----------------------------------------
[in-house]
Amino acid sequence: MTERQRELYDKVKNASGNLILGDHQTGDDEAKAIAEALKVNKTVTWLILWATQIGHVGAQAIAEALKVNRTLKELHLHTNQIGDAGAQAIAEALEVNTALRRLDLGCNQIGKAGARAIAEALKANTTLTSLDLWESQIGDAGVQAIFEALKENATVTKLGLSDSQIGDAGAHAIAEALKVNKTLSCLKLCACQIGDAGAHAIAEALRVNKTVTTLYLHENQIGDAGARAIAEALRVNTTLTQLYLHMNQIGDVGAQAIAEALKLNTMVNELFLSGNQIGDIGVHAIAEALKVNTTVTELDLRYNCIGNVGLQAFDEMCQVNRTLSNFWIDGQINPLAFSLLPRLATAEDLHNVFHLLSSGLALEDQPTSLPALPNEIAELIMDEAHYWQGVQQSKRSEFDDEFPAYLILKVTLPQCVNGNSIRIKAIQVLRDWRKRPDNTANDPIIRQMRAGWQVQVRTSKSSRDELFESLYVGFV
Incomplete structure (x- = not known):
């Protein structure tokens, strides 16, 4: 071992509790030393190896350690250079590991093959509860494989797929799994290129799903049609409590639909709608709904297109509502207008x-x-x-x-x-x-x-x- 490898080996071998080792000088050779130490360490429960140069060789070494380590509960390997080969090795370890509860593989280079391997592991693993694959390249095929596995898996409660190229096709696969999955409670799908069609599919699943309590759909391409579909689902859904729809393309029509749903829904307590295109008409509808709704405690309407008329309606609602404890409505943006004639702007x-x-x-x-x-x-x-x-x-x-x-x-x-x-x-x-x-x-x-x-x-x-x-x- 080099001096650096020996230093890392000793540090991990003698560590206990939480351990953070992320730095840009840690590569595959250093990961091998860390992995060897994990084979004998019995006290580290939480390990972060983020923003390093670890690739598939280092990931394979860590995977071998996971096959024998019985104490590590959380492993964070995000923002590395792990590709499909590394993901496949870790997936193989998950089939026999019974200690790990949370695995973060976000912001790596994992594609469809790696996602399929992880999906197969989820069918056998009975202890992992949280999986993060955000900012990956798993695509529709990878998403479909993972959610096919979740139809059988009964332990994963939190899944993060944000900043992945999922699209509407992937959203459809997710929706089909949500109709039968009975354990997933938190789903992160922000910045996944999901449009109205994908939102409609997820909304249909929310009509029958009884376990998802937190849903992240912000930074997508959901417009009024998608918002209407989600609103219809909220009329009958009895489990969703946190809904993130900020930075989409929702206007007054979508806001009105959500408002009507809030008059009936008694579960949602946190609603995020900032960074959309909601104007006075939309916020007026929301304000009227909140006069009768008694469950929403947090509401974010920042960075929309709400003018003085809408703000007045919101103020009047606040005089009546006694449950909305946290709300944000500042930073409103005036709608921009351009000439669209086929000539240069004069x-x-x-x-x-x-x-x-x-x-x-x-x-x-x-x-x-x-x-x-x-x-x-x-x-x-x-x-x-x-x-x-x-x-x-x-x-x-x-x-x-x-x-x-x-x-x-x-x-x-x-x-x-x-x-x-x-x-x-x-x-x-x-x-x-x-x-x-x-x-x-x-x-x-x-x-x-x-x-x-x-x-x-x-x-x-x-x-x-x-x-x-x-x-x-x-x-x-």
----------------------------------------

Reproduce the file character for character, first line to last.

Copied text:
[in-house]
Amino acid sequence: MTERQRELYDKVKNASGNLILGDHQTGDDEAKAIAEALKVNKTVTWLILWATQIGHVGAQAIAEALKVNRTLKELHLHTNQIGDAGAQAIAEALEVNTALRRLDLGCNQIGKAGARAIAEALKANTTLTSLDLWESQIGDAGVQAIFEALKENATVTKLGLSDSQIGDAGAHAIAEALKVNKTLSCLKLCACQIGDAGAHAIAEALRVNKTVTTLYLHENQIGDAGARAIAEALRVNTTLTQLYLHMNQIGDVGAQAIAEALKLNTMVNELFLSGNQIGDIGVHAIAEALKVNTTVTELDLRYNCIGNVGLQAFDEMCQVNRTLSNFWIDGQINPLAFSLLPRLATAEDLHNVFHLLSSGLALEDQPTSLPALPNEIAELIMDEAHYWQGVQQSKRSEFDDEFPAYLILKVTLPQCVNGNSIRIKAIQVLRDWRKRPDNTANDPIIRQMRAGWQVQVRTSKSSRDELFESLYVGFV
Incomplete structure (x- = not known):
């Protein structure tokens, strides 16, 4: 071992509790030393190896350690250079590991093959509860494989797929799994290129799903049609409590639909709608709904297109509502207008x-x-x-x-x-x-x-x- 490898080996071998080792000088050779130490360490429960140069060789070494380590509960390997080969090795370890509860593989280079391997592991693993694959390249095929596995898996409660190229096709696969999955409670799908069609599919699943309590759909391409579909689902859904729809393309029509749903829904307590295109008409509808709704405690309407008329309606609602404890409505943006004639702007x-x-x-x-x-x-x-x-x-x-x-x-x-x-x-x-x-x-x-x-x-x-x-x- 080099001096650096020996230093890392000793540090991990003698560590206990939480351990953070992320730095840009840690590569595959250093990961091998860390992995060897994990084979004998019995006290580290939480390990972060983020923003390093670890690739598939280092990931394979860590995977071998996971096959024998019985104490590590959380492993964070995000923002590395792990590709499909590394993901496949870790997936193989998950089939026999019974200690790990949370695995973060976000912001790596994992594609469809790696996602399929992880999906197969989820069918056998009975202890992992949280999986993060955000900012990956798993695509529709990878998403479909993972959610096919979740139809059988009964332990994963939190899944993060944000900043992945999922699209509407992937959203459809997710929706089909949500109709039968009975354990997933938190789903992160922000910045996944999901449009109205994908939102409609997820909304249909929310009509029958009884376990998802937190849903992240912000930074997508959901417009009024998608918002209407989600609103219809909220009329009958009895489990969703946190809904993130900020930075989409929702206007007054979508806001009105959500408002009507809030008059009936008694579960949602946190609603995020900032960074959309909601104007006075939309916020007026929301304000009227909140006069009768008694469950929403947090509401974010920042960075929309709400003018003085809408703000007045919101103020009047606040005089009546006694449950909305946290709300944000500042930073409103005036709608921009351009000439669209086929000539240069004069x-x-x-x-x-x-x-x-x-x-x-x-x-x-x-x-x-x-x-x-x-x-x-x-x-x-x-x-x-x-x-x-x-x-x-x-x-x-x-x-x-x-x-x-x-x-x-x-x-x-x-x-x-x-x-x-x-x-x-x-x-x-x-x-x-x-x-x-x-x-x-x-x-x-x-x-x-x-x-x-x-x-x-x-x-x-x-x-x-x-x-x-x-x-x-x-x-x-």